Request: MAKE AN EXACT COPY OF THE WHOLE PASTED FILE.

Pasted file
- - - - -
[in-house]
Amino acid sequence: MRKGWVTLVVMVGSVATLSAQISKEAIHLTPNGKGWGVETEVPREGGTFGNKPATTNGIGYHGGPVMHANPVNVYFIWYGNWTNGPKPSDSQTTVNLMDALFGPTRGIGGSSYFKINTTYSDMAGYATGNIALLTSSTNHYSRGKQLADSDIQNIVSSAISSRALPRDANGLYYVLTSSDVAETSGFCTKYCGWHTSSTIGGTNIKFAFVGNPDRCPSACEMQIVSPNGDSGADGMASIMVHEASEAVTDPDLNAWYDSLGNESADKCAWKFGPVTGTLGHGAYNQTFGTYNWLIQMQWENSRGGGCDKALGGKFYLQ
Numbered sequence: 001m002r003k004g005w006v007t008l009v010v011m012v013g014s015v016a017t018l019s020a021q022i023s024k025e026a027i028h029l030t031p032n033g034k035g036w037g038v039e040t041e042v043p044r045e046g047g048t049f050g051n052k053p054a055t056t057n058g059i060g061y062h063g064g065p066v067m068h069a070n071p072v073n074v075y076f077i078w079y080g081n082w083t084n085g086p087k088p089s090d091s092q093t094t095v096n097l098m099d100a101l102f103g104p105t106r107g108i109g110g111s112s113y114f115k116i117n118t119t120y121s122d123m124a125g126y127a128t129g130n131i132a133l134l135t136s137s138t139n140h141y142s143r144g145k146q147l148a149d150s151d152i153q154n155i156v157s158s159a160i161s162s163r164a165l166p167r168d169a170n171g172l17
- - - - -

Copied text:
[in-house]
Amino acid sequence: MRKGWVTLVVMVGSVATLSAQISKEAIHLTPNGKGWGVETEVPREGGTFGNKPATTNGIGYHGGPVMHANPVNVYFIWYGNWTNGPKPSDSQTTVNLMDALFGPTRGIGGSSYFKINTTYSDMAGYATGNIALLTSSTNHYSRGKQLADSDIQNIVSSAISSRALPRDANGLYYVLTSSDVAETSGFCTKYCGWHTSSTIGGTNIKFAFVGNPDRCPSACEMQIVSPNGDSGADGMASIMVHEASEAVTDPDLNAWYDSLGNESADKCAWKFGPVTGTLGHGAYNQTFGTYNWLIQMQWENSRGGGCDKALGGKFYLQ
Numbered sequence: 001m002r003k004g005w006v007t008l009v010v011m012v013g014s015v016a017t018l019s020a021q022i023s024k025e026a027i028h029l030t031p032n033g034k035g036w037g038v039e040t041e042v043p044r045e046g047g048t049f050g051n052k053p054a055t056t057n058g059i060g061y062h063g064g065p066v067m068h069a070n071p072v073n074v075y076f077i078w079y080g081n082w083t084n085g086p087k088p089s090d091s092q093t094t095v096n097l098m099d100a101l102f103g104p105t106r107g108i109g110g111s112s113y114f115k116i117n118t119t120y121s122d123m124a125g126y127a128t129g130n131i132a133l134l135t136s137s138t139n140h141y142s143r144g145k146q147l148a149d150s151d152i153q154n155i156v157s158s159a160i161s162s163r164a165l166p167r168d169a170n171g172l17